Will Fitzhugh points out a weakness in Common CoreHistorians in the News
tags: Common Core
A few years ago, at a conference in Boston, David Steiner, then Commissioner of Education for New York State, said, about History: “It is so politically toxic that no one wants to touch it.”
Since then, David Coleman, of the Common Core and the College Board, have decided that any historical topic, for instance the Gettysburg Address, should be taught in the absence of any historical context—about the Civil War, President Lincoln, the Battle of Gettysburg—or anything else. This fits well with the “Close Reading” teachings of the “New Criticism” approach to literature in which Coleman received his academic training. This doctrine insists that any knowledge about the author or the historical context should be avoided in the analytic study of “texts.”
The Common Core, thanks to Coleman, has promoted the message that History, too, is nothing but a collection of “texts,” and it all should be studied as just language, not as knowledge dependent on the context in which it is embedded.
Not only does this promote ignorance, it also encourages schools to form Humanities Departments, in which English teachers, who may or may not know any History, are assigned to teach History as “text.” This is already happening in a few Massachusetts high schools, and may be found elsewhere in the country.
The dominance of English teachers over reading and writing in our schools has long meant that the great majority of our high school graduates have never been asked to read one complete History book in their academic careers.
Good English teachers do a fine job of teaching novels and personal and creative writing, but it is a Common Core mistake to expect them to teach the History in which they have little or no academic background. Treating History as contextless “text” is not a solution to this problem.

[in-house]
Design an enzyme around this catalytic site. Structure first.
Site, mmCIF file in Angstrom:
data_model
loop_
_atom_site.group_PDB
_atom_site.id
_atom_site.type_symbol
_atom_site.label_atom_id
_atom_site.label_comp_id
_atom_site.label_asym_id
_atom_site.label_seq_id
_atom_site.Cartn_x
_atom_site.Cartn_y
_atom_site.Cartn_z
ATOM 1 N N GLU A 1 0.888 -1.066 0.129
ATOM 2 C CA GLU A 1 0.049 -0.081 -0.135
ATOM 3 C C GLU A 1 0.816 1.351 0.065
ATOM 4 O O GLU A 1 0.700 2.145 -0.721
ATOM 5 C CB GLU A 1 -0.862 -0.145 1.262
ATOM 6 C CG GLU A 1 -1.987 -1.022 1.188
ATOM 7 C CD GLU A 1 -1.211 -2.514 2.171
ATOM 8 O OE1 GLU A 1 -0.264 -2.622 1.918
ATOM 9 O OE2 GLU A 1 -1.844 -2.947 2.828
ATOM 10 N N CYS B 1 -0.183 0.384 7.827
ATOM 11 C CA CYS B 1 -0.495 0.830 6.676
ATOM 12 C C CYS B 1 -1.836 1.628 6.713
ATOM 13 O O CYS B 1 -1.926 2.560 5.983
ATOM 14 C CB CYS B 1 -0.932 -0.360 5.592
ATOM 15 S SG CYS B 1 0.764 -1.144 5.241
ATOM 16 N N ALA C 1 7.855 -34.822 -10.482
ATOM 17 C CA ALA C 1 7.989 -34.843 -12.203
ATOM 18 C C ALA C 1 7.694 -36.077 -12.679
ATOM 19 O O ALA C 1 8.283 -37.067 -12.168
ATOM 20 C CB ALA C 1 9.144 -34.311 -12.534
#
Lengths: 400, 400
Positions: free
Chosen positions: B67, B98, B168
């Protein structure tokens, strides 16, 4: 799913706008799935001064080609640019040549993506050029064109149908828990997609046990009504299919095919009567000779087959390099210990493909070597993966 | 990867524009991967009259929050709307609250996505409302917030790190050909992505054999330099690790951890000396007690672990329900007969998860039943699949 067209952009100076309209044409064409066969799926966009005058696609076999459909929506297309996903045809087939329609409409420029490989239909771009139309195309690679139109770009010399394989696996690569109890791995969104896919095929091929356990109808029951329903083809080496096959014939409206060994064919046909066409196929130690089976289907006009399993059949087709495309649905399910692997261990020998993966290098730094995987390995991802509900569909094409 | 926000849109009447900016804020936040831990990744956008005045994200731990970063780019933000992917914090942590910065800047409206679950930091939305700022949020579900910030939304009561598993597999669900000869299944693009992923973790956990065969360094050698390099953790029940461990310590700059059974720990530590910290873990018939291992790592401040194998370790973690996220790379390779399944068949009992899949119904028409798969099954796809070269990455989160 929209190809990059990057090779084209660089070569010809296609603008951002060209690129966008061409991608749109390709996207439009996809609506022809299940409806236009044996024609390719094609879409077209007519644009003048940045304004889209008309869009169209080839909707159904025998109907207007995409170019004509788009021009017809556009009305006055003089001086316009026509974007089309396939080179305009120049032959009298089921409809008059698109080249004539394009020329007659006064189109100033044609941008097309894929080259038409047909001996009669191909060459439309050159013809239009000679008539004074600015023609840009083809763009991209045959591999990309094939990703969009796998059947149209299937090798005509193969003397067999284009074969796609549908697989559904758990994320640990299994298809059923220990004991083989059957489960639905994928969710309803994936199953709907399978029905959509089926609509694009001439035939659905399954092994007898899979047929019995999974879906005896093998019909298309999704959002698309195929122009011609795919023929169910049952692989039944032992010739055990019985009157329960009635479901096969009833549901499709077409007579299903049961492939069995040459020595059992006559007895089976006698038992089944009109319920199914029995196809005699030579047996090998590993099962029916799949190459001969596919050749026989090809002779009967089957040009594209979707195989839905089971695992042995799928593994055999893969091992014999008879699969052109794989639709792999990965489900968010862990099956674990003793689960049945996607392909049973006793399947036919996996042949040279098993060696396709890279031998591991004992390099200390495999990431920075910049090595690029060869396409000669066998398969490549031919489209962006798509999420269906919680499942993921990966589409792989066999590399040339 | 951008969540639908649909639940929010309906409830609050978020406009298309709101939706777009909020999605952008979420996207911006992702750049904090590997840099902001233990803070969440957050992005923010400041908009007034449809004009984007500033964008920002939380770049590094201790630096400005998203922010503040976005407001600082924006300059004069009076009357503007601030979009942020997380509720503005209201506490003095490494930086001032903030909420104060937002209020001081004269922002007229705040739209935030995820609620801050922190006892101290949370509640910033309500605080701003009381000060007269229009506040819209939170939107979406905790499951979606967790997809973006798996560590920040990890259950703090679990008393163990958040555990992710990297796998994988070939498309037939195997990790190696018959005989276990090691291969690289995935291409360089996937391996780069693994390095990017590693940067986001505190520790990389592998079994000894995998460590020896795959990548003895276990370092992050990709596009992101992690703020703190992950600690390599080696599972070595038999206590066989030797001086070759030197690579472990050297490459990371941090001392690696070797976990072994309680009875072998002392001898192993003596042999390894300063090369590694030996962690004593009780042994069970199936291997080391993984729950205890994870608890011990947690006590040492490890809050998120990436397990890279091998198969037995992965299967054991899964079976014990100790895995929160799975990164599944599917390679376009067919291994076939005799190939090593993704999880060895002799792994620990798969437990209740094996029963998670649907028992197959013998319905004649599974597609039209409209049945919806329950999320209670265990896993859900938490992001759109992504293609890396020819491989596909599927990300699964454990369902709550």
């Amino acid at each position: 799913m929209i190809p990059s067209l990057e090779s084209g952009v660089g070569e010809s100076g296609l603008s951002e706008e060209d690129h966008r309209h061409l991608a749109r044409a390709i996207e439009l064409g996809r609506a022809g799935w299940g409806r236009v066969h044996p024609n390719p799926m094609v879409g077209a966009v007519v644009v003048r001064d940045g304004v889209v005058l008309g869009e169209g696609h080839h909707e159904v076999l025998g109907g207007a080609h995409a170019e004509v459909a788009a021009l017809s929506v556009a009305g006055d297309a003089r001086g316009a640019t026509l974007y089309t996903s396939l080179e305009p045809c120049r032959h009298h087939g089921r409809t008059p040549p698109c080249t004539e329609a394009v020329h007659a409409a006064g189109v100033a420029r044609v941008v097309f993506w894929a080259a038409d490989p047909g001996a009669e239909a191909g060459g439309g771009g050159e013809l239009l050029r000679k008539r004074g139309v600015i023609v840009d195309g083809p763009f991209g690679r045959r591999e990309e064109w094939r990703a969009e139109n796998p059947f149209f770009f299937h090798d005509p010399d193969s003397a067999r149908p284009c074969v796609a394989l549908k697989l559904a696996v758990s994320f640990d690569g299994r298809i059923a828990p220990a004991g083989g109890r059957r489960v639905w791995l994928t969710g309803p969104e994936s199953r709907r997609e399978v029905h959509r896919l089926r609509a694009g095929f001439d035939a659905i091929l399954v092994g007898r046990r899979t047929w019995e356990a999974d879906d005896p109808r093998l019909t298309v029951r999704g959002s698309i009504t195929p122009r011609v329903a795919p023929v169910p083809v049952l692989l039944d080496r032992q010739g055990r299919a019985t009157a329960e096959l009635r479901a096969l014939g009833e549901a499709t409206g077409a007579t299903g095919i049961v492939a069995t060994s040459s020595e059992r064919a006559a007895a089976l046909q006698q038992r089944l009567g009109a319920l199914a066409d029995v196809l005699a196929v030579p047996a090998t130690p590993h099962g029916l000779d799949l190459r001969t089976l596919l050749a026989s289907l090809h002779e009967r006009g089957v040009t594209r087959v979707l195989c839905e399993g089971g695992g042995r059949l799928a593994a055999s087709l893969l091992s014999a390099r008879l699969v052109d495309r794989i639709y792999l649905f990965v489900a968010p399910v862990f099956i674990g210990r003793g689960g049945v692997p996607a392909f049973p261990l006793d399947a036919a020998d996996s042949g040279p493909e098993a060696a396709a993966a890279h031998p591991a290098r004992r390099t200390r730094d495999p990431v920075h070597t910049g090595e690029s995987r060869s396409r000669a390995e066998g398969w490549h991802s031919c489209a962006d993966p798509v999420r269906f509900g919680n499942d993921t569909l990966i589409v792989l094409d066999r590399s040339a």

The ignorance of History among our high school graduates is a standing joke to those who think it is funny, and NAEP has found that only about 18% know enough to pass the U.S. citizenship exam.
In The Knowledge Deficit, E.D. Hirsch writes that: “In a 1785 letter to his nephew, Peter Carr, aged fifteen, Jefferson recommended that he read books (in the original languages and in this order) by the following authors in History: Herodotus, Thucydides, Xenophon [Anabasis], Arian, Quintus Curtius, Diodorus Siculus, and Justin.”
We may no longer imagine that many of our high school students will read their History in Latin, but we should expect that somehow they may be liberated from the deeply irresponsible Common Core curriculum that, in restricting the study of the past to the literary analysis of “texts,” essentially removes as much actual History from our schools as it possibly can.
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